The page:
FlyFisherMann1955 wrote: ↑Fri Feb 05, 2021 5:10 pm
+ 1 for what Boarmountain said!
I too would appreciate the list of materials and any tying tips for that fly.
Boarmountain wrote: ↑Fri Feb 05, 2021 1:55 pm
Enough about magnets, lol
How about telling us about that midge pattern, looks real tasty !
Someone wants to know about a magnet setup, then someone wants to know about a lowly midge larva!!
A little back ground on this pattern. From Late November thru February, a size 16 Olive midge larva is the most prevalent food source that I have found on the Gunnison River. I have been mentioning this bug in my journals for the last 15 years. The bug also shows up on the stretches of the Colorado and Roaring Fork rivers From December thru February. This is the largest Midge larva that I encounter during the year. I do well imitating this larva. 15 years ago an Olive thread midge ribbed with Brown wire worked well. I keep trying to improve on the patterns I use.
The hook is any scud hook. This pattern I tie in size 16 and 14. That being said I use this technique on a variety of hooks, a variety of colors, in sizes 24 thru 14
Start the thread behind the eye of the hook, then secure the Micro Tubing
While stretching the Micro Tubing to the breaking point, wrap the thread back past the bend of the hook. This will maintain a slim profile.
Advance the thread forward to an eyes length away from the eye. Once again while stretching the Micro Tubing to the breaking point, wrap the tubing forward. Secure it when in intersects with the thread. A true rotary vise comes in handy here. After securing the tubing with a few wraps behind and a few wraps in front of it, stretch the tubing tight, then trim it off. This will make it easier to cover the cut end of the tubing. Build a bulbous head while covering the cut end. Whip finish and cut the thread.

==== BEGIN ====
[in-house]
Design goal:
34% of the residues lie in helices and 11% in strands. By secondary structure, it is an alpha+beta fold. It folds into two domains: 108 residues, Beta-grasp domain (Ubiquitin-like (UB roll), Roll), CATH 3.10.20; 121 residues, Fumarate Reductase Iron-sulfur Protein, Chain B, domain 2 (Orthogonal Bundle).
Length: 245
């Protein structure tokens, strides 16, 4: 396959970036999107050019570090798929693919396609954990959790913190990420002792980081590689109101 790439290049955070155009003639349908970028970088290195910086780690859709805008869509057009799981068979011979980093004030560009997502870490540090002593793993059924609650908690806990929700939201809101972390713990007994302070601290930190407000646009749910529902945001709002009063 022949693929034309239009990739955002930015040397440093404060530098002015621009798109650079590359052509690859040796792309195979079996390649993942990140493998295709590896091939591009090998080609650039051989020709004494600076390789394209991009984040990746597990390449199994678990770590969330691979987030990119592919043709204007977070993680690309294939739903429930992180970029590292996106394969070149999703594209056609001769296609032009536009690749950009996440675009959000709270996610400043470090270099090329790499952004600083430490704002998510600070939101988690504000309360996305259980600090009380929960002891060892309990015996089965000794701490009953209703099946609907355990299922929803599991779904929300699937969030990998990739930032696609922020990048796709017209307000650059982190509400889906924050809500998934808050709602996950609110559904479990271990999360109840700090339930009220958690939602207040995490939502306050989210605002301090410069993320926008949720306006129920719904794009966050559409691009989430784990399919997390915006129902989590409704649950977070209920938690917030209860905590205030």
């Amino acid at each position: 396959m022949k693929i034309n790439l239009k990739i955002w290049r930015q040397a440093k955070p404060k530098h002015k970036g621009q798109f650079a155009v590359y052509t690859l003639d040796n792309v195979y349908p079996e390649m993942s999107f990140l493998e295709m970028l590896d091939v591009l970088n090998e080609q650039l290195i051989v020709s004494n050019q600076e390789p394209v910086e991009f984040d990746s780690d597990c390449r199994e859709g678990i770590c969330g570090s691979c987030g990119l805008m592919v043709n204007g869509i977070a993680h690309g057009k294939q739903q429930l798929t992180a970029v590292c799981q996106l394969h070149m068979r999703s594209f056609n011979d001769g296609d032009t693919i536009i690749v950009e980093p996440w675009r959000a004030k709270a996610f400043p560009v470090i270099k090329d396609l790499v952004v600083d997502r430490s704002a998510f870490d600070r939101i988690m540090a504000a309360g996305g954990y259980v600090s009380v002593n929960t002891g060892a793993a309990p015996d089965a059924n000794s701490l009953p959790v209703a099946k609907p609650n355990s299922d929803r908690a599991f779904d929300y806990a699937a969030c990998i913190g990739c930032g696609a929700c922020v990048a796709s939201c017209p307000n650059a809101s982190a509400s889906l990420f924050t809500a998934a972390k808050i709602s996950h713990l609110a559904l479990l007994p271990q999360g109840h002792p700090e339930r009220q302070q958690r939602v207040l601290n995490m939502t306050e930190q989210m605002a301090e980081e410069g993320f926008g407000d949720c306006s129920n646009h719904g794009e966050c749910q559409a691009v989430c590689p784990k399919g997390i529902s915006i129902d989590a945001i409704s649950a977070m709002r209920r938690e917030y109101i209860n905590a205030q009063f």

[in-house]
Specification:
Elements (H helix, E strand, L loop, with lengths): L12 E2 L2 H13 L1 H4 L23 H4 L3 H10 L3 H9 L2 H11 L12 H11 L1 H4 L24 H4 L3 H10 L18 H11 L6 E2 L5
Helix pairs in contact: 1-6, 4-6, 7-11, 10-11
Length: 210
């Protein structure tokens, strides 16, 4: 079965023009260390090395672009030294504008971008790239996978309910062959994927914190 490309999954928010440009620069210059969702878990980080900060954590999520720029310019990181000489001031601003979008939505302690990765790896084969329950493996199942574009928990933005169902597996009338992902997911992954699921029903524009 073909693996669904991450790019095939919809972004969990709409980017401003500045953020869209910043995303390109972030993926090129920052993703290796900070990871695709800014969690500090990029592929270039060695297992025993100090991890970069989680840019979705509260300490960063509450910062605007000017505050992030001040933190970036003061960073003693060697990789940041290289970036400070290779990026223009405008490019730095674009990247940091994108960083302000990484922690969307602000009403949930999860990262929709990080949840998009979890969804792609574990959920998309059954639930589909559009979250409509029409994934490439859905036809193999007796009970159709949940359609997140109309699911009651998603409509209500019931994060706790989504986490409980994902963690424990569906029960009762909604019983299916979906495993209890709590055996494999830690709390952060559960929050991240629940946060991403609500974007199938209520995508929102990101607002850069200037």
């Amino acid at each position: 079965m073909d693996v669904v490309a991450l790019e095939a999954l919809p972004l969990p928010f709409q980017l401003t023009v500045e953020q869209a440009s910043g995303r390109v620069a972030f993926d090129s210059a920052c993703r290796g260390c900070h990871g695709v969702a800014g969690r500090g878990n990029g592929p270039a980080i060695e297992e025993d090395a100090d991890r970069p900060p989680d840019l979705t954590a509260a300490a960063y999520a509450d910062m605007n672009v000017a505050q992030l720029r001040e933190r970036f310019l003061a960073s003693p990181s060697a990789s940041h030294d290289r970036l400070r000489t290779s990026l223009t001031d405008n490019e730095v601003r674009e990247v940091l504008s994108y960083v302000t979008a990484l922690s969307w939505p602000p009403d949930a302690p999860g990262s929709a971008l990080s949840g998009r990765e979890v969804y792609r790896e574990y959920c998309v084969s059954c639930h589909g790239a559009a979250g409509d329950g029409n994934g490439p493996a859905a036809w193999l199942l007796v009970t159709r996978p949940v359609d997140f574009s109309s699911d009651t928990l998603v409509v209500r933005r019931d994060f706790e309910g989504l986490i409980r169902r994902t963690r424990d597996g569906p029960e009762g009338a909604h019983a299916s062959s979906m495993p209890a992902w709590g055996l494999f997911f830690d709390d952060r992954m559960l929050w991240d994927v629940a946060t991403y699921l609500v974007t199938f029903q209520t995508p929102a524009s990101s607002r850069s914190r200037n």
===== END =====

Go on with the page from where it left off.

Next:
For this pattern I use a dark Brown Bic marker on the top of the head. I try to get the Brown to bleed down the sides without coloring the underside of the pattern. On this pattern, I am trying to color the top half, while maintaining the Light Cahill color of the belly.
Margarita Green is the lightest color of green that I have. It makes a nice Olive when it mixes with the Light Cahill thread. To keep the ink on the top half of the pattern, and keep the under belly light, I make one swipe with the marker, on its top. I use enough pressure that I know the ink is touching the thread, and not just the ribbing. Swipe from just behind the head to the tail end of the pattern.
One swipe is important. If I try to go back and do it twice, where ever the marker touched the thread, ink will bleed down to the belly. To stop this, make the swipe with the pen, then swipe the top with your finger. This will clean up the excess.
I then cover the the entire fly in thin UV resin, hit it with a torch.
This is a super easy pattern to tie. Once you tie a couple, and get the hang of the technique, it should not take more than 2 or 3 minutes to crank one out .
A few other patterns in different colors and different hooks using the same tecnique
This pattern is a combination of two patterns by Juan Ramirez. The Pale Ale, and The Money Midge.
In the link below he demonstrates how he colors the top of the pattern